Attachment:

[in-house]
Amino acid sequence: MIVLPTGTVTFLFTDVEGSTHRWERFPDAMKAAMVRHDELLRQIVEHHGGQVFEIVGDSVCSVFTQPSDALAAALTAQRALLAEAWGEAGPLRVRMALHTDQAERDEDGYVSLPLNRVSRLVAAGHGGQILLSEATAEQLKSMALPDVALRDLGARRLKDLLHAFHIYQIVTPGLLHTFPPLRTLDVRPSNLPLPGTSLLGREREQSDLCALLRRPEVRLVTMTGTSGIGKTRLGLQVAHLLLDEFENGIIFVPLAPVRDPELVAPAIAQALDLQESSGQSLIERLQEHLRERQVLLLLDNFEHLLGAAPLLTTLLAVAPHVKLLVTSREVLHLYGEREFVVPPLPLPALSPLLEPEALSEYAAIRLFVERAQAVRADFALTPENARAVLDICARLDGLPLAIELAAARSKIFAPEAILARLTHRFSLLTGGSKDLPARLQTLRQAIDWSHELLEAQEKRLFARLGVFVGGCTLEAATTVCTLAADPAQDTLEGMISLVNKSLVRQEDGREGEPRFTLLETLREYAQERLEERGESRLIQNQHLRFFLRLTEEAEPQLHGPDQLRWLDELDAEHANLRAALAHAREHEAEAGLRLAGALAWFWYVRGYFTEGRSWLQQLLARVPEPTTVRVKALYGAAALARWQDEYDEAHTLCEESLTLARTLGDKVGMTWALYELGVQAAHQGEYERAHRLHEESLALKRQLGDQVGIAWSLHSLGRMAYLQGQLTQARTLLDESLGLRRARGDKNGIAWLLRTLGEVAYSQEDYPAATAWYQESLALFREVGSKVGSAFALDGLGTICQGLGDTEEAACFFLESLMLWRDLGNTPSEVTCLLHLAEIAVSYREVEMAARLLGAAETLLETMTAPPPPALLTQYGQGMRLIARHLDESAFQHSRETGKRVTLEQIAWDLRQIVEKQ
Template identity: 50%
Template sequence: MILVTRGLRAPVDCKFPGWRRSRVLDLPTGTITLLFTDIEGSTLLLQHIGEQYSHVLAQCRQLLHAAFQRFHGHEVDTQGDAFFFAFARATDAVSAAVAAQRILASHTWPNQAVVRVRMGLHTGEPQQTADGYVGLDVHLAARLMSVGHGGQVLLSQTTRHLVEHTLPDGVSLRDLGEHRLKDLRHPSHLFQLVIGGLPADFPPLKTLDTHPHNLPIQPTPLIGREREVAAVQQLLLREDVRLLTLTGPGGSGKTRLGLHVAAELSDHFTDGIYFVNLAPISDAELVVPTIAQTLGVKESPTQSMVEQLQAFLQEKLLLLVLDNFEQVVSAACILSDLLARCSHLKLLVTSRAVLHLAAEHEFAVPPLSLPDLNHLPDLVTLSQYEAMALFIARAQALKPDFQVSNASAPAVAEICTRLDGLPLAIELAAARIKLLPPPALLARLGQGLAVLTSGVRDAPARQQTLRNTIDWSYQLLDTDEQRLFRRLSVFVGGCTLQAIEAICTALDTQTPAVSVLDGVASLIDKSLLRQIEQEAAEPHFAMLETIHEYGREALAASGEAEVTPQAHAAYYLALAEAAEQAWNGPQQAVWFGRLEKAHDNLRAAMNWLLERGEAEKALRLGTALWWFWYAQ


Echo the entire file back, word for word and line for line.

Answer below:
[in-house]
Amino acid sequence: MIVLPTGTVTFLFTDVEGSTHRWERFPDAMKAAMVRHDELLRQIVEHHGGQVFEIVGDSVCSVFTQPSDALAAALTAQRALLAEAWGEAGPLRVRMALHTDQAERDEDGYVSLPLNRVSRLVAAGHGGQILLSEATAEQLKSMALPDVALRDLGARRLKDLLHAFHIYQIVTPGLLHTFPPLRTLDVRPSNLPLPGTSLLGREREQSDLCALLRRPEVRLVTMTGTSGIGKTRLGLQVAHLLLDEFENGIIFVPLAPVRDPELVAPAIAQALDLQESSGQSLIERLQEHLRERQVLLLLDNFEHLLGAAPLLTTLLAVAPHVKLLVTSREVLHLYGEREFVVPPLPLPALSPLLEPEALSEYAAIRLFVERAQAVRADFALTPENARAVLDICARLDGLPLAIELAAARSKIFAPEAILARLTHRFSLLTGGSKDLPARLQTLRQAIDWSHELLEAQEKRLFARLGVFVGGCTLEAATTVCTLAADPAQDTLEGMISLVNKSLVRQEDGREGEPRFTLLETLREYAQERLEERGESRLIQNQHLRFFLRLTEEAEPQLHGPDQLRWLDELDAEHANLRAALAHAREHEAEAGLRLAGALAWFWYVRGYFTEGRSWLQQLLARVPEPTTVRVKALYGAAALARWQDEYDEAHTLCEESLTLARTLGDKVGMTWALYELGVQAAHQGEYERAHRLHEESLALKRQLGDQVGIAWSLHSLGRMAYLQGQLTQARTLLDESLGLRRARGDKNGIAWLLRTLGEVAYSQEDYPAATAWYQESLALFREVGSKVGSAFALDGLGTICQGLGDTEEAACFFLESLMLWRDLGNTPSEVTCLLHLAEIAVSYREVEMAARLLGAAETLLETMTAPPPPALLTQYGQGMRLIARHLDESAFQHSRETGKRVTLEQIAWDLRQIVEKQ
Template identity: 50%
Template sequence: MILVTRGLRAPVDCKFPGWRRSRVLDLPTGTITLLFTDIEGSTLLLQHIGEQYSHVLAQCRQLLHAAFQRFHGHEVDTQGDAFFFAFARATDAVSAAVAAQRILASHTWPNQAVVRVRMGLHTGEPQQTADGYVGLDVHLAARLMSVGHGGQVLLSQTTRHLVEHTLPDGVSLRDLGEHRLKDLRHPSHLFQLVIGGLPADFPPLKTLDTHPHNLPIQPTPLIGREREVAAVQQLLLREDVRLLTLTGPGGSGKTRLGLHVAAELSDHFTDGIYFVNLAPISDAELVVPTIAQTLGVKESPTQSMVEQLQAFLQEKLLLLVLDNFEQVVSAACILSDLLARCSHLKLLVTSRAVLHLAAEHEFAVPPLSLPDLNHLPDLVTLSQYEAMALFIARAQALKPDFQVSNASAPAVAEICTRLDGLPLAIELAAARIKLLPPPALLARLGQGLAVLTSGVRDAPARQQTLRNTIDWSYQLLDTDEQRLFRRLSVFVGGCTLQAIEAICTALDTQTPAVSVLDGVASLIDKSLLRQIEQEAAEPHFAMLETIHEYGREALAASGEAEVTPQAHAAYYLALAEAAEQAWNGPQQAVWFGRLEKAHDNLRAAMNWLLERGEAEKALRLGTALWWFWYAQ